The following excerpt from a patient with cancer illustrates such a moment:
I heard and thought at once, ‘‘There is no death, only life everlasting.[ The presence came from within me and outside of me at once. It came from everywhere, it seemed to me that it had been there forever. It was speaking directly to me. I knew that it was God speaking. I understood it deeper than my bones.
Again it said, ‘‘There is no death, only life everlasting,[ and I knew for the first time what it meant. I knew that whatever I was, and my wife was, and my children were, was not something that ended or went away, that I was simply here forever and as the sun rose, I saw
my own death as something as natural as the sun rising across the soft valley behind the mountains of green.
I knew then that my death would not stop me from being who I was in my essence and who I would be, forever. I opened my eyes and my wife was standing next to me. She was looking at me with so much love and I said to her, ‘‘My love, there is no death, only life.[ And I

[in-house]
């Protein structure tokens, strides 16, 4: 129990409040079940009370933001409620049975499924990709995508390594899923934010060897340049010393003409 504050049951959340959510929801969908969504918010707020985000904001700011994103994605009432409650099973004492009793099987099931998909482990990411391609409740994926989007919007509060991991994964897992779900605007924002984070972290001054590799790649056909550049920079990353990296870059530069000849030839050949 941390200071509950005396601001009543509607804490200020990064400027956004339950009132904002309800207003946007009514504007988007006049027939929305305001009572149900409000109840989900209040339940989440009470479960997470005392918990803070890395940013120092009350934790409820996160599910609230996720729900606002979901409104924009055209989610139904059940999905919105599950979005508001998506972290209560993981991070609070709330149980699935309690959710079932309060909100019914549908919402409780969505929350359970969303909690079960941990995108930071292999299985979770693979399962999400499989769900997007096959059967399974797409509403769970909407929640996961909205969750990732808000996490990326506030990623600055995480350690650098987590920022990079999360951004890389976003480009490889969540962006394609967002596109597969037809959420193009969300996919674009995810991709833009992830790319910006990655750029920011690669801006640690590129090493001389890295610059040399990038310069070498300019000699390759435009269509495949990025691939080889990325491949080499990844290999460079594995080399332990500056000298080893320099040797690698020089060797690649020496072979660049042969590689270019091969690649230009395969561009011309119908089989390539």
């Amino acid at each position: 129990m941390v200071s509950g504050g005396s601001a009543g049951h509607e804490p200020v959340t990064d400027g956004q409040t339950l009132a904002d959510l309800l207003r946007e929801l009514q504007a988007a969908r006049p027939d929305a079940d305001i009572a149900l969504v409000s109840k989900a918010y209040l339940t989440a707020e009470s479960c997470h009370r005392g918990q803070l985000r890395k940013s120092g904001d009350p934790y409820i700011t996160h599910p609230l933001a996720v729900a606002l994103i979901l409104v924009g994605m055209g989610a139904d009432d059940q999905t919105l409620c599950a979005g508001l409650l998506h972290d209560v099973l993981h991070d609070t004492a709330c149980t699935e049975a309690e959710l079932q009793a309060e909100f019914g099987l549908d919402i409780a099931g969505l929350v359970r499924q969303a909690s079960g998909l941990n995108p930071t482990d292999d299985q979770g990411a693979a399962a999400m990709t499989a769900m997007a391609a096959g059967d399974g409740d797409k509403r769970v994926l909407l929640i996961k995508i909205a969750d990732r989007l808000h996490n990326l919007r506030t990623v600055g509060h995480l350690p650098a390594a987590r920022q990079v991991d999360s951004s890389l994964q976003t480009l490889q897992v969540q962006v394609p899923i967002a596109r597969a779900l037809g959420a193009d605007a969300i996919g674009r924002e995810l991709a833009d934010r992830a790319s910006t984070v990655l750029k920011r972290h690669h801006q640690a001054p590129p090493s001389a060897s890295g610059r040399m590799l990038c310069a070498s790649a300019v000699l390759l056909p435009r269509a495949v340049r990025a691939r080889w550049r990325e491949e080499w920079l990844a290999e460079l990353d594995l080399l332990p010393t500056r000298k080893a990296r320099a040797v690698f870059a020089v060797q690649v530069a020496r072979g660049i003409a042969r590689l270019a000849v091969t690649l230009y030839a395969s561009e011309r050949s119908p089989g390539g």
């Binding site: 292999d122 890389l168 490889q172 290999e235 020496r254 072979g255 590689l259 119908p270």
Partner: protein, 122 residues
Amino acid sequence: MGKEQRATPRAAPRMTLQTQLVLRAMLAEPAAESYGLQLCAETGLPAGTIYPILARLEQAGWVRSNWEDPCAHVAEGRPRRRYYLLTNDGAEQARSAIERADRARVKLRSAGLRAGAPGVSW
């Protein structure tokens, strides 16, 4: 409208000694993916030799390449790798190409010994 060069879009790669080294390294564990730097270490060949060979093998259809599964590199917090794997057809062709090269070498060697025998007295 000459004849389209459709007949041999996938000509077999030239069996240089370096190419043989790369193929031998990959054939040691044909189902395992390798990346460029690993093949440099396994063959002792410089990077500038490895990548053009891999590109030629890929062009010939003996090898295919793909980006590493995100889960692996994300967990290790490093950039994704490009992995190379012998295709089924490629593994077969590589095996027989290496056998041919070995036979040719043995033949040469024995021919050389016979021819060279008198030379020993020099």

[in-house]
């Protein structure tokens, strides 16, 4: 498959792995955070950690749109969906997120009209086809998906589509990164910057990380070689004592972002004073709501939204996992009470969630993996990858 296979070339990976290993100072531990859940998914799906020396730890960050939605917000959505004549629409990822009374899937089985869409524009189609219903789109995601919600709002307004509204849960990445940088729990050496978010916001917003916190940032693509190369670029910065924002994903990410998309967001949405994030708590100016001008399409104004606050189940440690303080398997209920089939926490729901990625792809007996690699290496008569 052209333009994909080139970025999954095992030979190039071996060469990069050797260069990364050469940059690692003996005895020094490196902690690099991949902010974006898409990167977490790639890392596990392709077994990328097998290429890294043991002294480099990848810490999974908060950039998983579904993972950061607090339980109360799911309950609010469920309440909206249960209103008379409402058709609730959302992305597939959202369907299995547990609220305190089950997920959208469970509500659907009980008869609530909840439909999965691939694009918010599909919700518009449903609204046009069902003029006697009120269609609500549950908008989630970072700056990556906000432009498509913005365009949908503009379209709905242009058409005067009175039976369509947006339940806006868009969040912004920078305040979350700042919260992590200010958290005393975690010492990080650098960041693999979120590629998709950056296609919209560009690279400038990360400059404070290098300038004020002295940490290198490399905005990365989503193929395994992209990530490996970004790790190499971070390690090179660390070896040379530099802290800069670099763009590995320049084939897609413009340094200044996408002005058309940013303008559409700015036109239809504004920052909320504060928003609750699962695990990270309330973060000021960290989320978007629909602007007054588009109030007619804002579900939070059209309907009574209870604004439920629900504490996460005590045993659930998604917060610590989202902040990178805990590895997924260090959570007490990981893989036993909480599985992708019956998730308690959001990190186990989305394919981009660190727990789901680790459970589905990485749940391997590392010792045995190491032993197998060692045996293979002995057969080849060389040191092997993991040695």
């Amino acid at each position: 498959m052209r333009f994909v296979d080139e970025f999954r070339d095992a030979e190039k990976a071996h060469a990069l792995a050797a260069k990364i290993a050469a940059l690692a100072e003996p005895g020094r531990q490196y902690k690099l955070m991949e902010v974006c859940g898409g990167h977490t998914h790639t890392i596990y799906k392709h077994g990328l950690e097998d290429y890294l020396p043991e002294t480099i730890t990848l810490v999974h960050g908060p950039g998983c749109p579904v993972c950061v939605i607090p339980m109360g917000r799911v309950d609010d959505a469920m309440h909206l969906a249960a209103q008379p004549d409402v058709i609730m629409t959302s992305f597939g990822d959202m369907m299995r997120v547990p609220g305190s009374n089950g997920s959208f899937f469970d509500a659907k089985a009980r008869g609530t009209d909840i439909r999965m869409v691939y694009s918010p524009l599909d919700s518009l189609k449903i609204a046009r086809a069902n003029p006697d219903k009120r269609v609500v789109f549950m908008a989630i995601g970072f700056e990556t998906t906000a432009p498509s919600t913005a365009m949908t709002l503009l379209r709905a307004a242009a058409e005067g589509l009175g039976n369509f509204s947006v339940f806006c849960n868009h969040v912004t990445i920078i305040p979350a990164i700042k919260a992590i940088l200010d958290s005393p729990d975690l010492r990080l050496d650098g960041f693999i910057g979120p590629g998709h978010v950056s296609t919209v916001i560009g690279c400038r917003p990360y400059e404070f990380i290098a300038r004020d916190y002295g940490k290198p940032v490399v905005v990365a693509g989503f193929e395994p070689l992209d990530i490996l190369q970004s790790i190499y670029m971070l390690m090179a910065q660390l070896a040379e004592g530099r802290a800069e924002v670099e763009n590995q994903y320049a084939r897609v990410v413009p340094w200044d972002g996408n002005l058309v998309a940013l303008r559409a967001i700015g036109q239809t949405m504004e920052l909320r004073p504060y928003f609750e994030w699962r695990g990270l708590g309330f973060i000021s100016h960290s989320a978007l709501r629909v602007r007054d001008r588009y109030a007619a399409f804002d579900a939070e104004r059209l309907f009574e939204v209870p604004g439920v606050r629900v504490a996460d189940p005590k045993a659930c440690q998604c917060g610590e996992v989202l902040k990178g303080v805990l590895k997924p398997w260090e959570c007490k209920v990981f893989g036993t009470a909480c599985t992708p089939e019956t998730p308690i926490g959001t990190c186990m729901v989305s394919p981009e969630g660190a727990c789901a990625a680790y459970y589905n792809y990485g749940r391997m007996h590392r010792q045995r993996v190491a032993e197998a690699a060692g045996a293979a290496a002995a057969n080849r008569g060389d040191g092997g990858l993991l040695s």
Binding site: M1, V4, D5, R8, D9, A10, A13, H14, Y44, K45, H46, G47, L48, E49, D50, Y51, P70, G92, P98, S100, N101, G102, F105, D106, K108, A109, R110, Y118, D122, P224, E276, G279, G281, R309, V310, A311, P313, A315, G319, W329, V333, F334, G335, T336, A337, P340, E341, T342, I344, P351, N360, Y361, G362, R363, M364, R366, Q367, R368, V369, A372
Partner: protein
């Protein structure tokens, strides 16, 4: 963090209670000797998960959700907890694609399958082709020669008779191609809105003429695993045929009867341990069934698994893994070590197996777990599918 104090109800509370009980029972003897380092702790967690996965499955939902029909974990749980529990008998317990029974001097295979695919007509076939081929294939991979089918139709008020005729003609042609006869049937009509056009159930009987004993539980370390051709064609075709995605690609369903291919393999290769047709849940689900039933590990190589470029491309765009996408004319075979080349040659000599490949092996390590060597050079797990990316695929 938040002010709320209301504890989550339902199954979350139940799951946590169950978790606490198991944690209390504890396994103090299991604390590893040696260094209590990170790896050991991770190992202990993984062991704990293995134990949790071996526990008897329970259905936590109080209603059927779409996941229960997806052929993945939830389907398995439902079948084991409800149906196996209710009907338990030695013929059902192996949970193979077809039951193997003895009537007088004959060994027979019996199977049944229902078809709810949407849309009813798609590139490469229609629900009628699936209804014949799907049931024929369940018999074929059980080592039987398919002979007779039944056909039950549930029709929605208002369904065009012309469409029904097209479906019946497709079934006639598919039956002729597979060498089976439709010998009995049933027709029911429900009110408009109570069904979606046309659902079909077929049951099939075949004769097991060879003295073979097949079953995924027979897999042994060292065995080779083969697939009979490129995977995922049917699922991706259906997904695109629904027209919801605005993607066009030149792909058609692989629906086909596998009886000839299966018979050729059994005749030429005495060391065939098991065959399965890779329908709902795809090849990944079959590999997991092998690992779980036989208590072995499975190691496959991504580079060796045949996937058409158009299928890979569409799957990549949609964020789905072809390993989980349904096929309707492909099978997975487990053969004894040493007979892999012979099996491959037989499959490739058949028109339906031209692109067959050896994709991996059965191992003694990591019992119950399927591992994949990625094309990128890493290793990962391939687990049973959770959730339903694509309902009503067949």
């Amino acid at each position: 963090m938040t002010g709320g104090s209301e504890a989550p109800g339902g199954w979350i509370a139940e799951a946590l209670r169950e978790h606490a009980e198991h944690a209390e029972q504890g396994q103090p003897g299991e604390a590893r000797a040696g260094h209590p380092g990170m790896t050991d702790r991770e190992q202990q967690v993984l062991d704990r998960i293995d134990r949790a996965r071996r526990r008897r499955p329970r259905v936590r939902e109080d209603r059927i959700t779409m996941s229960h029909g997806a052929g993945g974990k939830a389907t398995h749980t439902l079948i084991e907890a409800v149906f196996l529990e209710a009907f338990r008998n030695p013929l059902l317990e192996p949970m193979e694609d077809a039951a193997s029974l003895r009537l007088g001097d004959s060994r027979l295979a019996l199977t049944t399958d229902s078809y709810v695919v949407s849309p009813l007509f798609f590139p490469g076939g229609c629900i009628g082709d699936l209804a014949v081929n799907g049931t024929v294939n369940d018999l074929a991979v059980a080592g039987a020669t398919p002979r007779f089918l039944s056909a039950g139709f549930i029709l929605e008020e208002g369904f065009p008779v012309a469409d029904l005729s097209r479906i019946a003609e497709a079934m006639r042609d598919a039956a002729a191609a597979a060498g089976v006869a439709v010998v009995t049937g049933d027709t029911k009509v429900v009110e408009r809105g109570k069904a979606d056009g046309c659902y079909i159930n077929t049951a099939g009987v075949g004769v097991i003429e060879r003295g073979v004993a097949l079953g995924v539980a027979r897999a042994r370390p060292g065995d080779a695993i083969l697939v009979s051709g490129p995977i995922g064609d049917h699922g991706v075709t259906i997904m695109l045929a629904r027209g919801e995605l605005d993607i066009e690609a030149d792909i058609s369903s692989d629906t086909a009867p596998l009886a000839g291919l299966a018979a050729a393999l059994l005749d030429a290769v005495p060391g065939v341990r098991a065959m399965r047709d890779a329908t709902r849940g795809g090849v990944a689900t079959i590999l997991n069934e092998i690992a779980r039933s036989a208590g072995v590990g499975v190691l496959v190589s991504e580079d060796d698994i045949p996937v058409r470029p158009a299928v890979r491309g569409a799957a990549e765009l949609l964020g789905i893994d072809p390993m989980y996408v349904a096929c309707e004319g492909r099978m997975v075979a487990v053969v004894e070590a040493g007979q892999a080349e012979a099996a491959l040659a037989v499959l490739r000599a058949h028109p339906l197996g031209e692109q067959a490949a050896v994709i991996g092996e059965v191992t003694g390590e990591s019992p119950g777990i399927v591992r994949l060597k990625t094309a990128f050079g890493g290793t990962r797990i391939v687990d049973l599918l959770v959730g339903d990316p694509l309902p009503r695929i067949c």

felt her soft touch and knew I would always feel it and she would always feel mine.
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Spirit-Body Healing: Implications for Practice
n
Most participants in this research study were cancer patients, not monks, not gurus, not priests. Yet they experienced spiritual events and mystical happenings as powerful as in any religious practice. With research studies demonstrating that spirituality is related to positive outcomes in mental and physical health,3,4,10,29 promoting spiritual experiences for patients needs to be considered an advanced therapeutic technique for helping them heal or cope with illness.
Common to all stories in this research study was a moment of spiritual union, a communion of body and soul, and an essential congruence of self and spirit culminating in a level, degree, or category of healing.1 Each person had an altered-state occurrence in which time and space changed, and the world was experienced in a new way. The intervention, from its initial focus on building a collaborative relationship with patients, is geared toward facilitating a progression of acts that ultimately lead to this kind of peak epiphany. Nurses can help patients accept it when it comes, claim it without fear, and make it part of their own story.
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Spirit-Body Healing: A Nursing Intervention Model